Cheesy Sauerkraut Toast

Cheesy Sauerkraut Toast

If this “recipe” for Cheesy Sauerkraut Toast is a surprise to you, I gotta tell ya it was a surprise to me, too! I came across the concept quite by accident on the New York Times website and immediately latched onto it as a way to use up a little sauerkraut leftover from making my Reuben Sandwiches.

Cheesy Sauerkraut Toast

Cheesy Sauerkraut Toast


See, every year I usually make, in typical American Irish fashion, one of my Corned Beef & Cabbage recipes. (This year it was Whiskey & Marmalade Glazed Corned Beef) and every year I hafta have a Reuben! And every year, I have sauerkraut, and often a little marbled rye leftover long after my Corned Beef is gone!

About Cheesy Sauerkraut Toast:

So if you like Rueben sandwiches, I guess maybe the idea of Cheesy Sauerkraut Toast isn’t too much of a stretch! The toasts are quick and easy, and there’s no doubt that sauerkraut, like many fermented foods, is good for you and has some great health benefits.

Of course, there are a lot of ways to use a little sauerkraut. It’s perfect with hot dogs or brats like my Better than Classic Beer Brats, and is a perfect side for all kinds of German and/or Eastern European dishes. I probably have around a dozen or so recipes on my site that call for a bit of sauerkraut; just use the search engine or follow the tag sauerkraut at the bottom of the page! I might have to do a post someday soon just on sauerkraut and how it can add a bit of zing to all kinds of dishes!

For “healthy-ish” and simple, though, nothing beats these Cheesy Sauerkraut Toasts!

Whiskey & Marmalade Glazed Corned Beef

Whiskey & Marmalade Glazed Corned Beef

Making Cheesy Sauerkraut Toast:

First of all, you’re gonna need toast! As I said, a little leftover rye or marble rye is marvelous for this sandwich; I just used Italian bread, and a baguette or sourdough would be marvelous. It’s probably best if the bread isn’t too “fluffy” so it stands up to the sauerkraut, but do drain it well. (For a milder flavor, sauerkraut can be rinsed, and an old German trick is to add a touch of sugar if you find it bitter.) Use the toaster if you want and the bread fits, or lay the bread on a cookie sheet and broil it. Whatever works for you.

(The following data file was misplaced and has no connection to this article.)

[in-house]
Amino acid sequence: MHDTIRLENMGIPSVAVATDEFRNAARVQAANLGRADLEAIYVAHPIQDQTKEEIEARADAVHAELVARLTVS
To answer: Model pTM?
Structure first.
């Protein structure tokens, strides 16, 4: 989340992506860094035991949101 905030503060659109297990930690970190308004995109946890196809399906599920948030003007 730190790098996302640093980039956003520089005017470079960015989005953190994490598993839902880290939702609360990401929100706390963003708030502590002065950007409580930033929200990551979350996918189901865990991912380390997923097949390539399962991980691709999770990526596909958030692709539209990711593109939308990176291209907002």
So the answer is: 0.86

Then, simply add the sauerkraut and cheese of your choice, sliced or grated, and you can make it just as is, just a few minutes under the broiler. One thing about the Times – they always have a lot of comments, so I have a few suggestions to up the game!

Classic Reuben Sandwich

Classic Reuben Sandwich

Playing with the Ingredients:

First of all, the Times includes Pickled Jalapenos (here’s my Pickled Jalapeno recipe) tucked under the cheese, which intrigued me, but I didn’t happen to have any. I think it would have been marvelous and several commenters added even more heat with red pepper flakes, lots of black pepper, or used serrano peppers.

I used roasted red pepper strips, others tried capers, olives or pickles, and even pickled onions. (Here’s my easy Pickled Red Onion recipe.) Peperoncini was an interesting add it, which made me think of Giardianera would be great, too. Some added tomato.  And of course, someone turned it into a kind of Reuben with thousand island and corned beef, another made theirs with roast beef. and other used ham or turkey. And these days, hey, why not put an egg on it, with a runny yolk, of course.

The Times thought horseradish or brown mustard would be marvelous on the bread before the sauerkraut was added; I opted for the mustard. Others added Dijon. Some added in mayo (hey, there’s always a couple in any group, lol!) And one even added pizza sauce and turned it into pizza.

Cheddar cheese, a good sharp one was suggested. Others liked melty Monterrey Jack, and of course, Swiss is always gonna be appropriate. Either slices or grated cheese will work for the recipe, but I do like the ease of a slice!